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View Diary: Anti-Capitalist Meetup: Capitalism - Is It Fair and Just? (108 comments)

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  •  because that is what truly faces us (3+ / 0-)
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    NY brit expat, JayRaye, northsylvania

    a survival emergency, not that the survival of the poorest is not an emergency.  it is just that when we frame this question in terms of how all of us can survive, it has more power in my opinion.  and it is capitalism which has put us in the position of threatening the survival of all of humanity and most of the life on the planet.  

    for me this is the most potent discussion to have right now.

    only when we have passed this emergency do we have the luxury of discussing the rights of everyone.

    this makes the argument a practical one.  how best to structure human civilization so that we all do well so that we maximize survival for all?

    i used to think that 7 billion people was an impossible crisis, but i do see one upside to it: there are seven billion minds which can create potential solutions.  however if we waste the vast majority of those minds, we are doing ourselves no good.

    so we have to rely on the best trained minds in the most physically secure environments to come up with solutions.

    Donate to Occupy Wall Street here: http://nycga.cc/donate/

    by BlueDragon on Sun Jan 13, 2013 at 11:50:18 AM PST

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    •  I agree, I was just responding to what (3+ / 0-)
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      BlueDragon, JayRaye, UnaSpenser

      I thought was an inadequate framing of the idea of rights ... the discussion can be addressed that way, but as you said it traps us in a discussion of rights rather than fairness and justice which we were addressing in the link which I think is a different discussion than one of rights ... that is why we didn't address the argument in that construction when we were talking.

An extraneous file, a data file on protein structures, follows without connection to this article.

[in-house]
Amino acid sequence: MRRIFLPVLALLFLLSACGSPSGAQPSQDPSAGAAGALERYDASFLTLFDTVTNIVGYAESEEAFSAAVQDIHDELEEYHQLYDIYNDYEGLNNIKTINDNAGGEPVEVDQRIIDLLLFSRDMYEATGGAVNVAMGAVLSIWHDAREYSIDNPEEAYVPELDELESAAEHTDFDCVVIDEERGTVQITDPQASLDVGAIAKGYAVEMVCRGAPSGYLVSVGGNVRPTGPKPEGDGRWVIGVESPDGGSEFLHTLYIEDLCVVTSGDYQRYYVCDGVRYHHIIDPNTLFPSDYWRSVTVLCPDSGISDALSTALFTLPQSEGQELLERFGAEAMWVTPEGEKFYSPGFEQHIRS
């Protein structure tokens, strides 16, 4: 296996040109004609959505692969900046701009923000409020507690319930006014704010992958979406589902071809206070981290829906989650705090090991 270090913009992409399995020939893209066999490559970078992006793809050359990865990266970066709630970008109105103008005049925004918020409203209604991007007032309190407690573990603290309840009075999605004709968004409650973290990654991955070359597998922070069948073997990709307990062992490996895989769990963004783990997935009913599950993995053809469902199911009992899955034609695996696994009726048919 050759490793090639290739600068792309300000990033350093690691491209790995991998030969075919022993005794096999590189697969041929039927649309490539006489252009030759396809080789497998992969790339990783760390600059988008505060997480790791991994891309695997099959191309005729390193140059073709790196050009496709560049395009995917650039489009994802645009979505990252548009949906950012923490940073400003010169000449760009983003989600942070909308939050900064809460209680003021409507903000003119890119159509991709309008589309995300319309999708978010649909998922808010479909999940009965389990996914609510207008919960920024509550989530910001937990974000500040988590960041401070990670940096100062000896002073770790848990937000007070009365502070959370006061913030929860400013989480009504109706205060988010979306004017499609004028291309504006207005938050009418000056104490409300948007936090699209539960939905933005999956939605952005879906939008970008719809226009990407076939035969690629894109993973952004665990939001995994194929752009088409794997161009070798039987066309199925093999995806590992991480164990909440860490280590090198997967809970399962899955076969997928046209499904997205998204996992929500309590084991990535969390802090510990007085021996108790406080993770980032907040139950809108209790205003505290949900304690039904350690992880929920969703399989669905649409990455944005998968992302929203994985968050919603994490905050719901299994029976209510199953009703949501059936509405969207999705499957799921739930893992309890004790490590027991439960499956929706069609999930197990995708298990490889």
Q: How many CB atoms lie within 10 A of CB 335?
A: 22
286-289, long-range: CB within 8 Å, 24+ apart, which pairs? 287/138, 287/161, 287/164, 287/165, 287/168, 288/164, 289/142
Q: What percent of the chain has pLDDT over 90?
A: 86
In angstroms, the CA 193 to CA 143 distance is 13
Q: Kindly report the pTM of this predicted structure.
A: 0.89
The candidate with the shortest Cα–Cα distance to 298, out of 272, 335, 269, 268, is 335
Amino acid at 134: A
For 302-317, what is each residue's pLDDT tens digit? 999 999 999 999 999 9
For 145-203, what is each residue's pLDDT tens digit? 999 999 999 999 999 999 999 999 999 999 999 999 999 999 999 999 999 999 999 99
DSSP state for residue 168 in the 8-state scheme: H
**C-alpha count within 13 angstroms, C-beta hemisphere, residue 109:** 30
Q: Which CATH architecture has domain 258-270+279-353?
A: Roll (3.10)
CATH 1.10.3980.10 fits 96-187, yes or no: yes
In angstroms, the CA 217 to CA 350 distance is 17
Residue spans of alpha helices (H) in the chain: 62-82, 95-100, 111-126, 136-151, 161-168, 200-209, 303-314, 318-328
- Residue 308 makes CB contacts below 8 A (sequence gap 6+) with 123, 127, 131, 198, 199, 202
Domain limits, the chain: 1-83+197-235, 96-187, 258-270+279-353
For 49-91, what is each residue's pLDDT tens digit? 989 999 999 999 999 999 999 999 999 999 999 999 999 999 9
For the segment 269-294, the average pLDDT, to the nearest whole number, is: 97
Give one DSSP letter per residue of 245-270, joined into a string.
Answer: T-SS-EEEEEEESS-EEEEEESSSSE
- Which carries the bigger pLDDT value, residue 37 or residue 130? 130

I agree that the idea of maximising survival for all and not just a small few who are either lucky to be born in a wealthy country is an excellent way of looking at it. I have always found the idea that a piece of land is claimed as being owned by someone ridiculous and someone's claim to property is considered paramount as opposed to someone's survival demonstrates the lack of fairness inherent to a system which is based upon private ownership.

      "Hegel noticed somewhere that all great world history facts and people so to speak twice occur. He forgot to add: the one time as tragedy, the other time as farce" Karl Marx, The Eighteenth Brumaire of Louis Bonaparte .

      by NY brit expat on Sun Jan 13, 2013 at 12:01:08 PM PST

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      •  i don't think it is an inadequate framing at all (3+ / 0-)
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        NY brit expat, JayRaye, UnaSpenser

        i just think that practically, under the system that we have all been trained in -- the capitalist system -- it is hard to discuss rights in this way.  it is not the framing.  it is the indoctrination that the majority have swallowed which is in the way.

        to put it another way: it is impractical in the long run to be unfair.

        if everyone perceives his/her rights as equal, all will contribute without resentment.

        this is the framing that the right wing uses with a great deal of success.  they have convinces about 50% of Americans that helping others is unfair to those who get less help while the help they do get is invisible to them.

        Donate to Occupy Wall Street here: http://nycga.cc/donate/

        by BlueDragon on Sun Jan 13, 2013 at 12:15:36 PM PST

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        •  It is a problematic framing because (2+ / 0-)
          Recommended by:
          BlueDragon, JayRaye

          rights are a liberal construct; they are useful for some things but the discussion goes way beyond a discussion of rights. We can limit the discussion to it, but it would be an inadequate discussion for the left. It would be fine for liberals, but we need to go beyond it.

          "Hegel noticed somewhere that all great world history facts and people so to speak twice occur. He forgot to add: the one time as tragedy, the other time as farce" Karl Marx, The Eighteenth Brumaire of Louis Bonaparte .

          by NY brit expat on Sun Jan 13, 2013 at 12:40:54 PM PST

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          •  we need to think of rights (3+ / 0-)
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            NY brit expat, JayRaye, jarbyus

            as the right of succeeding generations to have a decent life as in the native american idea of planning for seven generations.

            then rights becomes a larger moral discussion which takes into account the rights of the entire ecosystem, not just the individual.  

            my rights end where they impact the ecosystem's right to not so much be in balance, but continue in some viable way.

            Donate to Occupy Wall Street here: http://nycga.cc/donate/

            by BlueDragon on Sun Jan 13, 2013 at 12:49:24 PM PST

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